Trouvère and poet Adam de la Halle (ca. 1245-1288 or 1306) was born in Paris, and eventually traveled to Italy. Adam first served Robert II, Count of Artois, but eventually left the count in 1283 to work for his uncle, Charles of Anjou. He composed both monophonic and polyphonic works in every genre of his time, including three musical plays. Although the monophonic tradition was fading, his works largely consisted of monophonic chansons and motets.
Robins m’aime (ca. 1284) came from the secular musical play, Jeu de Robin et de Marion. Considered pastoral play music, some sources say that it was a precursor to opéra comique, while others state that this dramatic work is an isolated phenomenon, with the pastourelle narrative as the common denominator. Written while Adam de la Halle worked at the French Court in Naples, this particular piece was a rondeau. The rondeau form of the 13th century lasted into the next century, and became part of the formes fixes. Established in the 13th century, the dance-song held great importance. Also known as a ronde, rondet, rondel, or rondelet, the name signified the circular motion dances for which it was composed. It was often sung by trouvères and troubadours. Although other genre songs varied in structure, the trouvère songs usually included a refrain.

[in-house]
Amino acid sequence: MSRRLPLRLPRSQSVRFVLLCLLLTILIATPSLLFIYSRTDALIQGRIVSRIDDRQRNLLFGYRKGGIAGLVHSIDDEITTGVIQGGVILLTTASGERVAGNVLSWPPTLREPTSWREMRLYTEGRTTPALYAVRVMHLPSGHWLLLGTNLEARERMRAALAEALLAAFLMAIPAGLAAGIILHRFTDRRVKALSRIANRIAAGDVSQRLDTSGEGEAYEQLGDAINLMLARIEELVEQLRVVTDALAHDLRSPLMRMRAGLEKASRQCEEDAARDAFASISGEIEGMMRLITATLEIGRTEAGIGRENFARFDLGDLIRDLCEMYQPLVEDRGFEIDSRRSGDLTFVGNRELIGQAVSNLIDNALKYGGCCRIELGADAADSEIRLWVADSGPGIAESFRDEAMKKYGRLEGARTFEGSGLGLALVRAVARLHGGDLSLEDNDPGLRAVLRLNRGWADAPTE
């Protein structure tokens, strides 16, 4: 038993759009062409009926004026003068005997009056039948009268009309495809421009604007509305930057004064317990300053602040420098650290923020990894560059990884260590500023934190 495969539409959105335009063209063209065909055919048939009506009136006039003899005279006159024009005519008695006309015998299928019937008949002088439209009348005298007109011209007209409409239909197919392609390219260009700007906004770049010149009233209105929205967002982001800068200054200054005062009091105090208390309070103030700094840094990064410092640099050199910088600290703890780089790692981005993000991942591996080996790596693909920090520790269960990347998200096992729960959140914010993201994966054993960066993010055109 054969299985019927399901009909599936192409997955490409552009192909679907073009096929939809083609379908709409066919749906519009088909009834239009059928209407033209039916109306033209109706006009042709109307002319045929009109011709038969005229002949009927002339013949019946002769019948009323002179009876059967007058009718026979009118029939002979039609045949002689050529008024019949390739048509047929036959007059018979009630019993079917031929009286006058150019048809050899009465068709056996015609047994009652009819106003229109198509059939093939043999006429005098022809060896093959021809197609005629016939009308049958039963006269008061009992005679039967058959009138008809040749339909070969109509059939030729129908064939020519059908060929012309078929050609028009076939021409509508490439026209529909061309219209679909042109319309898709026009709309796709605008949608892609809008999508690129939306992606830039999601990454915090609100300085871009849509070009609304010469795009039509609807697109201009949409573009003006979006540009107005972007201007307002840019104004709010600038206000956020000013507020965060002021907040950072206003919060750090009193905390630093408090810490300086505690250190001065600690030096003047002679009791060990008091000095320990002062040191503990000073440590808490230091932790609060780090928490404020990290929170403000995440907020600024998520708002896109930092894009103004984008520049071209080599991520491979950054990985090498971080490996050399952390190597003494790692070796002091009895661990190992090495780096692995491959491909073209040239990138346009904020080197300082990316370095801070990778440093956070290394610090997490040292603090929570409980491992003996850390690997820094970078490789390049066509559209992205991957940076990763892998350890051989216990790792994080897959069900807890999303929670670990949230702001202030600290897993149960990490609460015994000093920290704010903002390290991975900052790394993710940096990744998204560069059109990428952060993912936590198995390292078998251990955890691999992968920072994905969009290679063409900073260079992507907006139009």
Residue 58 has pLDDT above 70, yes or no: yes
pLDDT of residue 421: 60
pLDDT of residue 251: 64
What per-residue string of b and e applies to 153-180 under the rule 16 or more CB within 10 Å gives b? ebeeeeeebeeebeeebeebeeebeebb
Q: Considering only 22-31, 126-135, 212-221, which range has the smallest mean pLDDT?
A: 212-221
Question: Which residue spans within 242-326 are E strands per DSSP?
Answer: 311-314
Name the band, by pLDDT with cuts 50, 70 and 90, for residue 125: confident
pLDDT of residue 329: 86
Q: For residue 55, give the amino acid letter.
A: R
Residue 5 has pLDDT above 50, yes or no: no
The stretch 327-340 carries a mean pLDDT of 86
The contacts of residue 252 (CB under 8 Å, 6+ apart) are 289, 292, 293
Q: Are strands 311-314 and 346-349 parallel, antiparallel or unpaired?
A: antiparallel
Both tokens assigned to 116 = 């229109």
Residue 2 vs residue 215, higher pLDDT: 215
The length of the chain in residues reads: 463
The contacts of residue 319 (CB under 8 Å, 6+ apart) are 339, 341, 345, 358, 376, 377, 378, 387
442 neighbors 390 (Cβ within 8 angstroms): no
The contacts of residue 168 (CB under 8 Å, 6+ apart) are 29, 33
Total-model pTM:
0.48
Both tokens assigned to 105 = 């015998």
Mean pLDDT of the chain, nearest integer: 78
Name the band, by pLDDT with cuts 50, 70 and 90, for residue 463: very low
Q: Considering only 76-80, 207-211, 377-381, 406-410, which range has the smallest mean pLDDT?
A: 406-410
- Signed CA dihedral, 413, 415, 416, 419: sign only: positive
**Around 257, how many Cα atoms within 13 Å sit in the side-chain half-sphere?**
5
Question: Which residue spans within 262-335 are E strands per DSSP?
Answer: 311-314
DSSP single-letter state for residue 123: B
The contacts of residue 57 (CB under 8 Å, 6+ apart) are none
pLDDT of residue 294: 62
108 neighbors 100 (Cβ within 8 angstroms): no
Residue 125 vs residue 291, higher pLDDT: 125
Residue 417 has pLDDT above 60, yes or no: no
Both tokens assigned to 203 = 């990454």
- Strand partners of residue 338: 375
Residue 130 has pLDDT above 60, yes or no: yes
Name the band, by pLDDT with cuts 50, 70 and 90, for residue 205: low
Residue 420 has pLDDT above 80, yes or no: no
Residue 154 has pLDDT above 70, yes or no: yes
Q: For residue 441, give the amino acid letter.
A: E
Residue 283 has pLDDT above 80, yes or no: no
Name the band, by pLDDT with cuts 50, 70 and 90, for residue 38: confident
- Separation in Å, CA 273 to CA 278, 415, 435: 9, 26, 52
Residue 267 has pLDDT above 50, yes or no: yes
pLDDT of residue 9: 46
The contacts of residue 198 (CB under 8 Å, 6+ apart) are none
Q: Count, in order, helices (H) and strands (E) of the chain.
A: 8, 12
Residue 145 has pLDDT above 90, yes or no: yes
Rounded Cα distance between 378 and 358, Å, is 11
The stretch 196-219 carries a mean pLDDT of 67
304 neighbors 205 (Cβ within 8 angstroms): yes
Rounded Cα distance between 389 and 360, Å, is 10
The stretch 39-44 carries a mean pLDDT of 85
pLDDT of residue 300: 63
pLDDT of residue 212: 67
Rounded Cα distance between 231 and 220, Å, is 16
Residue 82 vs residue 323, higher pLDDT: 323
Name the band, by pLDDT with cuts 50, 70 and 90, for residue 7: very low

Robins m’aime, sung by Marian at the beginning of the play, is a monophonic rondeau. Because the refrain opens the rondeau, it dates closer to the end of the 13th century. The refrain, though only two lines long, also uses the entire melody. With each musical phrase shown, upper case letters represent the refrain while lower case show the stanzas in the following form: ABaabAB. The triple time notated is typical of the Ars Antiqua and lends itself to a slow, dancelike rhythm. Instrumental accompaniment varies, but a lute begins this version adding chime-like accompaniment in the second verse. This is typical of secular vocal music of the time, as medieval musicians adapted any combination of instruments that may have been available.
NAXOS World of Robin and Marion, track 2
NAXOS ADAM DE LA HALLE: Jeu de Robin et de Marion (Le), track 3Edit
Burkholder, J. Peter and Claude V. Palisca, ed. “Adam de la Halle: Jeu de Robin et de Marion:
Rondeau, Robins m’aime”, Vol. 1 of Norton Anthology of Western Music, 6th edition, 46-47. New York: W.W. Norton & Company, 2010.
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